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Renewables in smart grids: Part I


CRISTINA BROOKS

REFocus contributor Cristina Brooks discusses the impact of smart metering on the penetration of renewables, taking into account trends on both sides of the pond. Brooks also examines how solar PV and wind generators are preparing for the changes that smart metering will bring to distribution.

Transforming generation markets, smart meter roll-outs by utilities are under way in the US, the UK, Ireland, and France, and are complete in several Nordic countries. While increasing renewables in the mix is often cited as the reason for the smart meters, it’s up to utilities and governments to use them in a way that increases renewables’ share beyond current levels.

Smart meters may be used to collect near-instant data on supply and demand levels. With this data, utilities can combine day-ahead power markets with real-time markets, allowing more accurate billing of energy from intermittent sources — for example, distributed renewables. Utilities can also start buying and selling distributed power, stored power and contracted load-shedding opportunities during peaks.

Peak demand has soared with increasing use of electronic devices, and could reach new seasonal highs with the introduction of electric heating and electric cars.

Smart meters offer a two-pronged approach to solving the utility’s problem of needing to finance peaking capacity, often gas fired power plants that generate for peaks but don’t profit much the rest of the time, as regulated renewable generation targets eat away at demand for baseload plants. 

Peaking plants are expensive for utilities to operate in renewables-heavy markets, as German utility RWE’s decision to idle gas power plants in Germany shows. A smart grid can potentially allow charging higher dynamic or “Time of Use” (TOU) pricing to finance running these pricey fast-start plants, and some claim it can remove the need to build new one altogether.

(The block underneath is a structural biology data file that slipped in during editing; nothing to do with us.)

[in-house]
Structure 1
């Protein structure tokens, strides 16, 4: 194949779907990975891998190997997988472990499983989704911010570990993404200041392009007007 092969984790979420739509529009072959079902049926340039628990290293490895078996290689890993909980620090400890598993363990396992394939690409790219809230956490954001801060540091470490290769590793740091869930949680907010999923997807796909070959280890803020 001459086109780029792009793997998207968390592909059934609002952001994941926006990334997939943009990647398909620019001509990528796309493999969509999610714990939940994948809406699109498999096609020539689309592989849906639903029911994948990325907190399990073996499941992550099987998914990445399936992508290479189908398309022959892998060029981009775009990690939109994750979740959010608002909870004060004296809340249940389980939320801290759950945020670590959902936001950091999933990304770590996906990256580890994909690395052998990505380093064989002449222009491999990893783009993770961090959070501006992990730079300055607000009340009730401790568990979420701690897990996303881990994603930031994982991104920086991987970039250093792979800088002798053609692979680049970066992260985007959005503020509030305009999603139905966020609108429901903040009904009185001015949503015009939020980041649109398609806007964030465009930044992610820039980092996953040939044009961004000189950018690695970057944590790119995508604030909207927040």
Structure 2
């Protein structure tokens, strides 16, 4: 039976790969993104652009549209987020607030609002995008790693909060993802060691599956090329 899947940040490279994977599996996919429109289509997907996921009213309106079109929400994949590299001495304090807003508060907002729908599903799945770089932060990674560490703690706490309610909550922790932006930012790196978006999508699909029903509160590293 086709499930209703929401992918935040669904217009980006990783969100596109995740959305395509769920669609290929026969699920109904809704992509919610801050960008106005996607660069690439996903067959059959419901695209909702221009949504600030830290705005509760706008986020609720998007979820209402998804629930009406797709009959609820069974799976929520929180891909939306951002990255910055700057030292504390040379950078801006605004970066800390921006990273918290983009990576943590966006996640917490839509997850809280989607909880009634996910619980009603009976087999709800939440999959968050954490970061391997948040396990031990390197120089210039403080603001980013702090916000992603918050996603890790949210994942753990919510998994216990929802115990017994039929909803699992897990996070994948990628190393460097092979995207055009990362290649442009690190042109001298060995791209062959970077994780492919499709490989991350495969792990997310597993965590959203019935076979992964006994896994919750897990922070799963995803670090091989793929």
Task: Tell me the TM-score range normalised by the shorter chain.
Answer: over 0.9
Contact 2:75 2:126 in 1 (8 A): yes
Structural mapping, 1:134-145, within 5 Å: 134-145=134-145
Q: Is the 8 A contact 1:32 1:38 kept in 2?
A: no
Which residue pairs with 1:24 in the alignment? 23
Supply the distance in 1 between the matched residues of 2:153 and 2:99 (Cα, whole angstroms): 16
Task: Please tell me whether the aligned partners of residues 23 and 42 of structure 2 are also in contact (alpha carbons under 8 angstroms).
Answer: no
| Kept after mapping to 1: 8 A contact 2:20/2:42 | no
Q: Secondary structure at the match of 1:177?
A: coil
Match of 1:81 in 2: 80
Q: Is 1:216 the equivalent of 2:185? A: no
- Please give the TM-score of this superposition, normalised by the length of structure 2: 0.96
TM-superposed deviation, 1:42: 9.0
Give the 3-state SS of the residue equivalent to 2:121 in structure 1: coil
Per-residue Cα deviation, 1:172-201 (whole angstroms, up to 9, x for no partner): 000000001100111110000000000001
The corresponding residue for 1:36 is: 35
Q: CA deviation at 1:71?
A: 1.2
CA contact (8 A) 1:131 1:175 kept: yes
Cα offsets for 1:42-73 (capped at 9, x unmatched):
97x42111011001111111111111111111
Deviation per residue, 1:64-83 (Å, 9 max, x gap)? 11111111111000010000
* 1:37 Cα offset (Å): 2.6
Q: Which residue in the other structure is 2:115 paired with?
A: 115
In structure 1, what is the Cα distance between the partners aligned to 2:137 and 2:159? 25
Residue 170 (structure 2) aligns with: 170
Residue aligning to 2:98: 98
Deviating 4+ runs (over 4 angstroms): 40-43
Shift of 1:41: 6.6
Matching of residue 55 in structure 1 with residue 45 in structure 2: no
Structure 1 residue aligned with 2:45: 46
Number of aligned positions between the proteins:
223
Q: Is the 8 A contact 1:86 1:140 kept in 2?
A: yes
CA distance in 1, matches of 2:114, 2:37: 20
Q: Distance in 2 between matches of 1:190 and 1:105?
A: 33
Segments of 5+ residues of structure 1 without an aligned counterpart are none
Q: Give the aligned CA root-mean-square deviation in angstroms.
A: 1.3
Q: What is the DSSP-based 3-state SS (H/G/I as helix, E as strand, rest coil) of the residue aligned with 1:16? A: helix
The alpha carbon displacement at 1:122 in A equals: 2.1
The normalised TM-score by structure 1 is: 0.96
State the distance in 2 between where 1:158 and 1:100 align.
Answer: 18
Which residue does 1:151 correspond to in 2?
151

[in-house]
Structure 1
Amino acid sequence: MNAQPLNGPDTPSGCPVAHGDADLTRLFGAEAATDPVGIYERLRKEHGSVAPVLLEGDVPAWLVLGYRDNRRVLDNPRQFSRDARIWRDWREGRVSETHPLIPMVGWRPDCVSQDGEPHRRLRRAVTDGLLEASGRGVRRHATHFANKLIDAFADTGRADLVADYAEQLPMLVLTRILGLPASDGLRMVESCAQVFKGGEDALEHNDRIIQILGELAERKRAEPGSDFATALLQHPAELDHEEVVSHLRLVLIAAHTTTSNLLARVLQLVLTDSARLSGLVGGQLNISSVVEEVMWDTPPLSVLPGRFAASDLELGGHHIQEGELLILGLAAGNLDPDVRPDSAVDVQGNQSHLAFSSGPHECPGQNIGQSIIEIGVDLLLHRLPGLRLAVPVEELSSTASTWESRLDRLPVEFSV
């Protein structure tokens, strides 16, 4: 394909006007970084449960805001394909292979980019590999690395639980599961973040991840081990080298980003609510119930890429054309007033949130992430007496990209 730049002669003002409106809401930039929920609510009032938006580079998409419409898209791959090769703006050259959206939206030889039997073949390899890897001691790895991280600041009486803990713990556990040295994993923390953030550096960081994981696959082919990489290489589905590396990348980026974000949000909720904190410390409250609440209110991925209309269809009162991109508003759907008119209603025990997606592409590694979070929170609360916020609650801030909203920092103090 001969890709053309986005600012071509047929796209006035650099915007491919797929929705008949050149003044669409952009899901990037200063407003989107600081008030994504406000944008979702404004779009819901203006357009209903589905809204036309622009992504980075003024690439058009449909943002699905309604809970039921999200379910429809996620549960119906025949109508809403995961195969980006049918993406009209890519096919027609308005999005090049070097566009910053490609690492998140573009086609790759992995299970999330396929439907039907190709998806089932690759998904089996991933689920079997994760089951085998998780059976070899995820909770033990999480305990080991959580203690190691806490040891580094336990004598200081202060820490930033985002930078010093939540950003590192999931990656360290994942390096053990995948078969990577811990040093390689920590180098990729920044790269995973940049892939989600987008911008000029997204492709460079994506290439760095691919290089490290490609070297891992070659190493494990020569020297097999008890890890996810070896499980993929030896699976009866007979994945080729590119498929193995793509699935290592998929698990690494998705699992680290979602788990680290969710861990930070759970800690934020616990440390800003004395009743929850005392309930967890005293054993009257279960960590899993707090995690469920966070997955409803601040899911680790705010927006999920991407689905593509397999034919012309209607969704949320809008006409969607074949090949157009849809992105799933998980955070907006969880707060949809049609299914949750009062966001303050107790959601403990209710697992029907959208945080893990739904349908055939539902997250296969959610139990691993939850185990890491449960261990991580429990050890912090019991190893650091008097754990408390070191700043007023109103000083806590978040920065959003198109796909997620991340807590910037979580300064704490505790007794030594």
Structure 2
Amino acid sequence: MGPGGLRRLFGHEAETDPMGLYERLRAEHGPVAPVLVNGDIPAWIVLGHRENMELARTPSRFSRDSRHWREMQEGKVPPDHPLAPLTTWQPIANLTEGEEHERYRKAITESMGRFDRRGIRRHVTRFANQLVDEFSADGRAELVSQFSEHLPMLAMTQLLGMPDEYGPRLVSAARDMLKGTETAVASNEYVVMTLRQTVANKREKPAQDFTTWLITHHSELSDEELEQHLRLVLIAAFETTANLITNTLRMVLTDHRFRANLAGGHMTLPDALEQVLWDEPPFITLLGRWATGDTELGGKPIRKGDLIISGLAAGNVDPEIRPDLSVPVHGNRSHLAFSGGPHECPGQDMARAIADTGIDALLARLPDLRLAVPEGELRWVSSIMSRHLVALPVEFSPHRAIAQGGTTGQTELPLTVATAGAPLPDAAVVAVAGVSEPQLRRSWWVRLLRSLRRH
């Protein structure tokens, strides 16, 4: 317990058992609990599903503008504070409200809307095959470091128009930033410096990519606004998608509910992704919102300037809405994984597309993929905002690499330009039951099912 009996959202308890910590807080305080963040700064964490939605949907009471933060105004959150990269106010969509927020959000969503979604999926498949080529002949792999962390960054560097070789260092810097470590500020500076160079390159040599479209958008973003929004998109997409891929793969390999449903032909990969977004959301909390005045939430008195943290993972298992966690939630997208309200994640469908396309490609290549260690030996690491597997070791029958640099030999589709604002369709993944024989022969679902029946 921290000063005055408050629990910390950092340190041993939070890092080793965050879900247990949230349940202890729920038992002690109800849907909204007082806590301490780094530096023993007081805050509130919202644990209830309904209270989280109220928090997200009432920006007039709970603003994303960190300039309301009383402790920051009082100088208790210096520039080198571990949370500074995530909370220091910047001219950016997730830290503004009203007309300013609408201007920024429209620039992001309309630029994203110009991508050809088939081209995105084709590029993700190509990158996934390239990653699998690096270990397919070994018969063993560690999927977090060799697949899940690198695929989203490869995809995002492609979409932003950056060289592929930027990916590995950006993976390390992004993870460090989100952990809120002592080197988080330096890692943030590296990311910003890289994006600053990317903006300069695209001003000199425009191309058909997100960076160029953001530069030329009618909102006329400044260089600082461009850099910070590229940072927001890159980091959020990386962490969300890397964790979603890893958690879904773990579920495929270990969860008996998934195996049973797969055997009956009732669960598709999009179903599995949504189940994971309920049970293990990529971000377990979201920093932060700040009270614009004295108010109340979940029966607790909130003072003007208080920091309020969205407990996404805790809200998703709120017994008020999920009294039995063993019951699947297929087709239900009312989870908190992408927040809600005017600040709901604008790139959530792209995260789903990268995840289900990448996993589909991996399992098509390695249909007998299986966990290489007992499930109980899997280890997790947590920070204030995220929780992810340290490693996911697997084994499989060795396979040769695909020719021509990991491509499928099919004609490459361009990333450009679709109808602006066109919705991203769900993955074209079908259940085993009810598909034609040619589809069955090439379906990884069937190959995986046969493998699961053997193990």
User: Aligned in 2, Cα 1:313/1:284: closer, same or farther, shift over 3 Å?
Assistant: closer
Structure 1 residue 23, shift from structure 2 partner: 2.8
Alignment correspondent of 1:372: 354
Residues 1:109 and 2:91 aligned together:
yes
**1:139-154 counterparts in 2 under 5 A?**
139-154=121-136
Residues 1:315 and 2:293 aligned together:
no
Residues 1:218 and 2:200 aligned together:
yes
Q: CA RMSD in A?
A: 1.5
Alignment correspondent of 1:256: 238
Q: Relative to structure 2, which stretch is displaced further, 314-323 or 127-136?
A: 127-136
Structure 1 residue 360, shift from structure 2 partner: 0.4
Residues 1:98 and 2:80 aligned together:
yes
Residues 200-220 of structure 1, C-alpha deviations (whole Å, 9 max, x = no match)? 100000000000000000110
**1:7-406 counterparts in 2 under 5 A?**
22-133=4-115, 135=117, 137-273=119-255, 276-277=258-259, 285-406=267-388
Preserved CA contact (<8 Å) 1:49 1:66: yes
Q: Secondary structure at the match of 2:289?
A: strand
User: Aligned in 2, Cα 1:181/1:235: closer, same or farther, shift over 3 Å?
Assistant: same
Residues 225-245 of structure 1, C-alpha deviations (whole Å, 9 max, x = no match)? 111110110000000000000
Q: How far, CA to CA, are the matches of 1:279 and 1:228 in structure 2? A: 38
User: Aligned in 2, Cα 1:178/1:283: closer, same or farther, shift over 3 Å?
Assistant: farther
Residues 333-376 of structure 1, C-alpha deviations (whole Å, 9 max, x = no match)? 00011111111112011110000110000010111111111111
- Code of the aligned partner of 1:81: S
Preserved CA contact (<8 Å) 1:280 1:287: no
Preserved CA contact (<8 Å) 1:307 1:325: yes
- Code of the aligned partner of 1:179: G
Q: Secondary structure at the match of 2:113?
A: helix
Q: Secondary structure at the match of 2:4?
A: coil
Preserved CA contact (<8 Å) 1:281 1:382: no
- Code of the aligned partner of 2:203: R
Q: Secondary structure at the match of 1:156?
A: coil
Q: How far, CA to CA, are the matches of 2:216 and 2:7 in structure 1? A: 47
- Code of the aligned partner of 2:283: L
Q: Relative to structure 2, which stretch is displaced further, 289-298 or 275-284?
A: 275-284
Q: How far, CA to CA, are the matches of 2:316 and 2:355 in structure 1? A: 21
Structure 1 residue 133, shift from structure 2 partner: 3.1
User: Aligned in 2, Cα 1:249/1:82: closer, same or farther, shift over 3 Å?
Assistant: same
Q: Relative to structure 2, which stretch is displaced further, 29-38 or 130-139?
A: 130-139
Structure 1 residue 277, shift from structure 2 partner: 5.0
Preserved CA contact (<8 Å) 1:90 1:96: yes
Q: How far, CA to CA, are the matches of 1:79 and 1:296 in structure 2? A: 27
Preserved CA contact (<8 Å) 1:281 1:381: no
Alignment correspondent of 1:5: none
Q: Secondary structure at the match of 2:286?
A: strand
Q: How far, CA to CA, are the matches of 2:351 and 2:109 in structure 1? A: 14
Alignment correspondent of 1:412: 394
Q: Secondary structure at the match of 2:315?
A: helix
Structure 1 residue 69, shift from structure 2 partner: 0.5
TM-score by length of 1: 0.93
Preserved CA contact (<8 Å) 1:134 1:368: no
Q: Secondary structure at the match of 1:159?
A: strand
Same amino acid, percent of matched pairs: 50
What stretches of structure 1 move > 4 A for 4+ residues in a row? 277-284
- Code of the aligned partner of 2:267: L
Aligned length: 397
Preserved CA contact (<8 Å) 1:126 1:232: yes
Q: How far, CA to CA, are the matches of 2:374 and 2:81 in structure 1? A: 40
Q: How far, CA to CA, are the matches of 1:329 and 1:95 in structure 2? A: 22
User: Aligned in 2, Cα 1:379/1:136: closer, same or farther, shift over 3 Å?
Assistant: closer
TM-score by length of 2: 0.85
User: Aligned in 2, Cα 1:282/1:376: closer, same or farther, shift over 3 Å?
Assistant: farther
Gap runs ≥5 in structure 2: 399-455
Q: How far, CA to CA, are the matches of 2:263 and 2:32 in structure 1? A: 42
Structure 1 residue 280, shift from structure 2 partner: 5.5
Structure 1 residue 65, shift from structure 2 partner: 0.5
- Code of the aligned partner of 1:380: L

While smart meters allow utilities to finance peak capacity through new kinds of pricing and contracts, they can also potentially “shave” peak demand. In other words, they can use smart meters to shed peak loads through appliance timing, consumer switch-offs, price rises to persuade consumer shut-offs, and use of distributed renewables as peak demand reduction assets.

So far, much of smart meters’ load-shedding, renewables-contracting capability is not used, and they are used mainly for billing. In Italy, smart meters have been used to switch off electricity for clients with unpaid bills. In the UK, half-hourly meters and TOU billing have for decades been used for billing commercial and industrial businesses.

While generally consolidating the market, smart meters by themselves do not give utilities sufficient incentive to boost renewables’ generation share — although utilities may be amenable to regulations requiring they contract power from distributed sources. 

Enabling utilities to start buying and selling distributed renewable power on the real-time market, assign it flexible generation profiles allocated credit rather than pay from tariffs, smart meters could not only open a new market but also circumvent the challenge of distributed energy producers competing with the utility, some distributed generators argue. 

On the other hand, utilities can realize fuel efficiency savings if they use the real-time market to sell distributed gas-fired power, biomass-fired power or renewable heat. 

There is potential that — with the right regulations — smart meters could increase the use of renewable power in new niche markets; for example, with wide-scale introduction of consumer-side energy storage devices, peak demand reduction, powering car batteries, or powering appliances. In the future, smart-grid-operated appliances and battery storage could switch on to absorb wasted or ‘spilled’ wind power at night.  

Balancing wind